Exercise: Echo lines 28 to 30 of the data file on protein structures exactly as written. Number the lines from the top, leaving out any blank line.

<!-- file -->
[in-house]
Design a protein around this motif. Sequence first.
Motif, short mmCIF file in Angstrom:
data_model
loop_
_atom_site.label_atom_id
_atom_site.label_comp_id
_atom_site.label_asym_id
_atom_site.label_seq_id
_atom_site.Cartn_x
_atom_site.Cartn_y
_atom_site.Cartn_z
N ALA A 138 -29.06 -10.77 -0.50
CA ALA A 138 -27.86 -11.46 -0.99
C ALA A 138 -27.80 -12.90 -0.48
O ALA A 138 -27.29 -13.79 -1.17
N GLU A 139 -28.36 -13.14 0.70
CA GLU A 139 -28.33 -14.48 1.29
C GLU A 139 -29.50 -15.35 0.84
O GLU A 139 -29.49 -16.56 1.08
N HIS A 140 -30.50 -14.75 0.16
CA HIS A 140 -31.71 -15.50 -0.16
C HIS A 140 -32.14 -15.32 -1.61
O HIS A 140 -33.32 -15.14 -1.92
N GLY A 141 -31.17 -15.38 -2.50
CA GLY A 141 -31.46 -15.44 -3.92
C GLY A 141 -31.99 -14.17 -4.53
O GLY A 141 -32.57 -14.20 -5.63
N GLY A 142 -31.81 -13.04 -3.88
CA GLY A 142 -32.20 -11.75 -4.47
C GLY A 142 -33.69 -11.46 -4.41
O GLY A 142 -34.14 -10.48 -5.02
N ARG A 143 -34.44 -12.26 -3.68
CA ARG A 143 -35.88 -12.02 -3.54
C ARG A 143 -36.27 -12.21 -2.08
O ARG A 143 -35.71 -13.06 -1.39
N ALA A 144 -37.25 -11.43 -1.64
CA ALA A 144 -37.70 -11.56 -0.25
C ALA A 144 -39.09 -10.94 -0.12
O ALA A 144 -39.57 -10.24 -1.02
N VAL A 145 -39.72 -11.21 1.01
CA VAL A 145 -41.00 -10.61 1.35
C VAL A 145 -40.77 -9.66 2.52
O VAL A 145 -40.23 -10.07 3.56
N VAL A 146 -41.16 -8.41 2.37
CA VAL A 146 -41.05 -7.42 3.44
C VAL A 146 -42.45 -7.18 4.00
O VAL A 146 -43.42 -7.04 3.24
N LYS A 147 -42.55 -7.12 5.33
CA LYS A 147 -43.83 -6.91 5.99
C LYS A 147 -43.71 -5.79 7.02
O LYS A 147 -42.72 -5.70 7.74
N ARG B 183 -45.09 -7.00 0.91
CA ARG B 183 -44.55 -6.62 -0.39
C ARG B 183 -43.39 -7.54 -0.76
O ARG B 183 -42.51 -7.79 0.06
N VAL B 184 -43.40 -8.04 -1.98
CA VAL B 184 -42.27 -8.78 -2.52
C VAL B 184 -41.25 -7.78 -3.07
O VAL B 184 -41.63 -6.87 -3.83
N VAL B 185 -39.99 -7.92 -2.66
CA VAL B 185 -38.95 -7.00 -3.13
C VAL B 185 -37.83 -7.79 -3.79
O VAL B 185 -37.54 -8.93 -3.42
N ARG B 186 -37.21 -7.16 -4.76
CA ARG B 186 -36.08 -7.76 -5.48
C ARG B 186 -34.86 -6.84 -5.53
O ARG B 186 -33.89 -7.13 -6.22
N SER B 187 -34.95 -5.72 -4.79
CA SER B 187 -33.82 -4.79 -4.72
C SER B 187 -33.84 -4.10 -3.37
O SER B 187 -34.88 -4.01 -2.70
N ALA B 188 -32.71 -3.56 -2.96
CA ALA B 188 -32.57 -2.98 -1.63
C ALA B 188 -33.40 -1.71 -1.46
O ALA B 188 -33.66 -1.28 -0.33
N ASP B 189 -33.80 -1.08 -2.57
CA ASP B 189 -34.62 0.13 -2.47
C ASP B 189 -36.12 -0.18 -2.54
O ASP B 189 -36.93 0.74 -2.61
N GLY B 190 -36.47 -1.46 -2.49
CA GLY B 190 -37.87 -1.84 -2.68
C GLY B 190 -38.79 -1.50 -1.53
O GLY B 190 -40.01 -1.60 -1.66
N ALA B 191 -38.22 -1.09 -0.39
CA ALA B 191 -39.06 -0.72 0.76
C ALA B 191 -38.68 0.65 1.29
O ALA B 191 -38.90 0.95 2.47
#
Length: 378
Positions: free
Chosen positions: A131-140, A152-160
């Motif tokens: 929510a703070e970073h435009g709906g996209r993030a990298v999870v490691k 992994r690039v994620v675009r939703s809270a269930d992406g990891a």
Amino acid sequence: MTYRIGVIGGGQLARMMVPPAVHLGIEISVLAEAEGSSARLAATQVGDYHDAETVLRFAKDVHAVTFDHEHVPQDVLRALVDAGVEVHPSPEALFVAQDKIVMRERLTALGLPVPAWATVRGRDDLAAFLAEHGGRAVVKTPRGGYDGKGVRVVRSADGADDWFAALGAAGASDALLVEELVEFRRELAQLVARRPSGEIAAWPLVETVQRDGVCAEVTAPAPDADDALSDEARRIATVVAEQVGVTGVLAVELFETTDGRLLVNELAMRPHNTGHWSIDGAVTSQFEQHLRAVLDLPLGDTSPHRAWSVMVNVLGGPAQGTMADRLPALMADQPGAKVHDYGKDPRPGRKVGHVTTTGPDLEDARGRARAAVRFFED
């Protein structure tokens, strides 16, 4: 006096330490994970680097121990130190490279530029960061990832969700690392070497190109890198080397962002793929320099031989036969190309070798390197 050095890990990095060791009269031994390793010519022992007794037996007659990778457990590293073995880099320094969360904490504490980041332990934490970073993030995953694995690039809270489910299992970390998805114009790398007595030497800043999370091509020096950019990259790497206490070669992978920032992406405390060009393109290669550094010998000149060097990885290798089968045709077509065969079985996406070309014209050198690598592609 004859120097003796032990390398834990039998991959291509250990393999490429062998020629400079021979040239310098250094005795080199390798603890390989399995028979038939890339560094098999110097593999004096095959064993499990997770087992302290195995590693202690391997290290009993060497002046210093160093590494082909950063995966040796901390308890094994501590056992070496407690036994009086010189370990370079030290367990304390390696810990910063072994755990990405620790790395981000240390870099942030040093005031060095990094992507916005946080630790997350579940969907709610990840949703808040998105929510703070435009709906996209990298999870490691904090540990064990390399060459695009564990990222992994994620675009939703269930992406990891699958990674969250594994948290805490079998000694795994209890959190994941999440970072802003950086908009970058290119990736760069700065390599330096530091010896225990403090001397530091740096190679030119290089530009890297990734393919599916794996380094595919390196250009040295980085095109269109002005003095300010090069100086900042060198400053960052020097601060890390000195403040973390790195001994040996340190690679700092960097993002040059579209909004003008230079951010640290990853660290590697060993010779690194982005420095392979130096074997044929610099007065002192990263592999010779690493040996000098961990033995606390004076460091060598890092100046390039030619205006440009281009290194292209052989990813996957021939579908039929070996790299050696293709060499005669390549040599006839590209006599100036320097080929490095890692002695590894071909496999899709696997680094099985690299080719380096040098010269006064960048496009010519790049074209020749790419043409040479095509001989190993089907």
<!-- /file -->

O GLY A 141 -32.57 -14.20 -5.63
N GLY A 142 -31.81 -13.04 -3.88
CA GLY A 142 -32.20 -11.75 -4.47